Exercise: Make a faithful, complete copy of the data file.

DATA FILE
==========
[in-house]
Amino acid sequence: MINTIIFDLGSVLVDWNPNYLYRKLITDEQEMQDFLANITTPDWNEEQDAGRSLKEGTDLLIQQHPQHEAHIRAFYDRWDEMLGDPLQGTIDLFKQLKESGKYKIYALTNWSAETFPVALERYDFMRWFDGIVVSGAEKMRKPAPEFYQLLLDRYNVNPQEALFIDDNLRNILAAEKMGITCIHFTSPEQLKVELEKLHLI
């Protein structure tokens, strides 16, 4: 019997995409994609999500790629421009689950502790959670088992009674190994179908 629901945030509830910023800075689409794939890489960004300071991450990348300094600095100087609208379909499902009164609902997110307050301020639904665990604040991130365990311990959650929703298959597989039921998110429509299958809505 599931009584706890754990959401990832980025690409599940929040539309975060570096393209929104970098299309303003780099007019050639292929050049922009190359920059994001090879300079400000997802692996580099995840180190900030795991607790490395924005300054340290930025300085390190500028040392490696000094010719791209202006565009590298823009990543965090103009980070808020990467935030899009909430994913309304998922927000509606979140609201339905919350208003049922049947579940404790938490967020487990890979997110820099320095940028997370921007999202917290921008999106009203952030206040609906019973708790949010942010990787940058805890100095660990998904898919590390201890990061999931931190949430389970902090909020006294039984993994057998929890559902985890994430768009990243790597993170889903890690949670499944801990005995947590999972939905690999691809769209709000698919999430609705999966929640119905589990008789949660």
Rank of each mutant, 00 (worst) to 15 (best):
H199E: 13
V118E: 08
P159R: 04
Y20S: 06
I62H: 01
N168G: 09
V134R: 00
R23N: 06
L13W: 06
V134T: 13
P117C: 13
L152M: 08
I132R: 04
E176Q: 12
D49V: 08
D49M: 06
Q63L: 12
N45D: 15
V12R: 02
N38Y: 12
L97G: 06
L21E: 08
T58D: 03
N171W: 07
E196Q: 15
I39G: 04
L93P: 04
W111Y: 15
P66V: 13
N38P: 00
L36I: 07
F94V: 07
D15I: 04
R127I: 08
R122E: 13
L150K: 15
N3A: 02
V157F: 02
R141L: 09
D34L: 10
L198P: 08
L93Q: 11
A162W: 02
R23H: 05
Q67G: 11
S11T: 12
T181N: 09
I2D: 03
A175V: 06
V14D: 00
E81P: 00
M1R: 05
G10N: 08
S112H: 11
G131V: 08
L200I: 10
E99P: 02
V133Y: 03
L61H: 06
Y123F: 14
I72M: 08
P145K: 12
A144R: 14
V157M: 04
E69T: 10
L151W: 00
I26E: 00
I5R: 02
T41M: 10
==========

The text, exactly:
[in-house]
Amino acid sequence: MINTIIFDLGSVLVDWNPNYLYRKLITDEQEMQDFLANITTPDWNEEQDAGRSLKEGTDLLIQQHPQHEAHIRAFYDRWDEMLGDPLQGTIDLFKQLKESGKYKIYALTNWSAETFPVALERYDFMRWFDGIVVSGAEKMRKPAPEFYQLLLDRYNVNPQEALFIDDNLRNILAAEKMGITCIHFTSPEQLKVELEKLHLI
């Protein structure tokens, strides 16, 4: 019997995409994609999500790629421009689950502790959670088992009674190994179908 629901945030509830910023800075689409794939890489960004300071991450990348300094600095100087609208379909499902009164609902997110307050301020639904665990604040991130365990311990959650929703298959597989039921998110429509299958809505 599931009584706890754990959401990832980025690409599940929040539309975060570096393209929104970098299309303003780099007019050639292929050049922009190359920059994001090879300079400000997802692996580099995840180190900030795991607790490395924005300054340290930025300085390190500028040392490696000094010719791209202006565009590298823009990543965090103009980070808020990467935030899009909430994913309304998922927000509606979140609201339905919350208003049922049947579940404790938490967020487990890979997110820099320095940028997370921007999202917290921008999106009203952030206040609906019973708790949010942010990787940058805890100095660990998904898919590390201890990061999931931190949430389970902090909020006294039984993994057998929890559902985890994430768009990243790597993170889903890690949670499944801990005995947590999972939905690999691809769209709000698919999430609705999966929640119905589990008789949660």
Rank of each mutant, 00 (worst) to 15 (best):
H199E: 13
V118E: 08
P159R: 04
Y20S: 06
I62H: 01
N168G: 09
V134R: 00
R23N: 06
L13W: 06
V134T: 13
P117C: 13
L152M: 08
I132R: 04
E176Q: 12
D49V: 08
D49M: 06
Q63L: 12
N45D: 15
V12R: 02
N38Y: 12
L97G: 06
L21E: 08
T58D: 03
N171W: 07
E196Q: 15
I39G: 04
L93P: 04
W111Y: 15
P66V: 13
N38P: 00
L36I: 07
F94V: 07
D15I: 04
R127I: 08
R122E: 13
L150K: 15
N3A: 02
V157F: 02
R141L: 09
D34L: 10
L198P: 08
L93Q: 11
A162W: 02
R23H: 05
Q67G: 11
S11T: 12
T181N: 09
I2D: 03
A175V: 06
V14D: 00
E81P: 00
M1R: 05
G10N: 08
S112H: 11
G131V: 08
L200I: 10
E99P: 02
V133Y: 03
L61H: 06
Y123F: 14
I72M: 08
P145K: 12
A144R: 14
V157M: 04
E69T: 10
L151W: 00
I26E: 00
I5R: 02
T41M: 10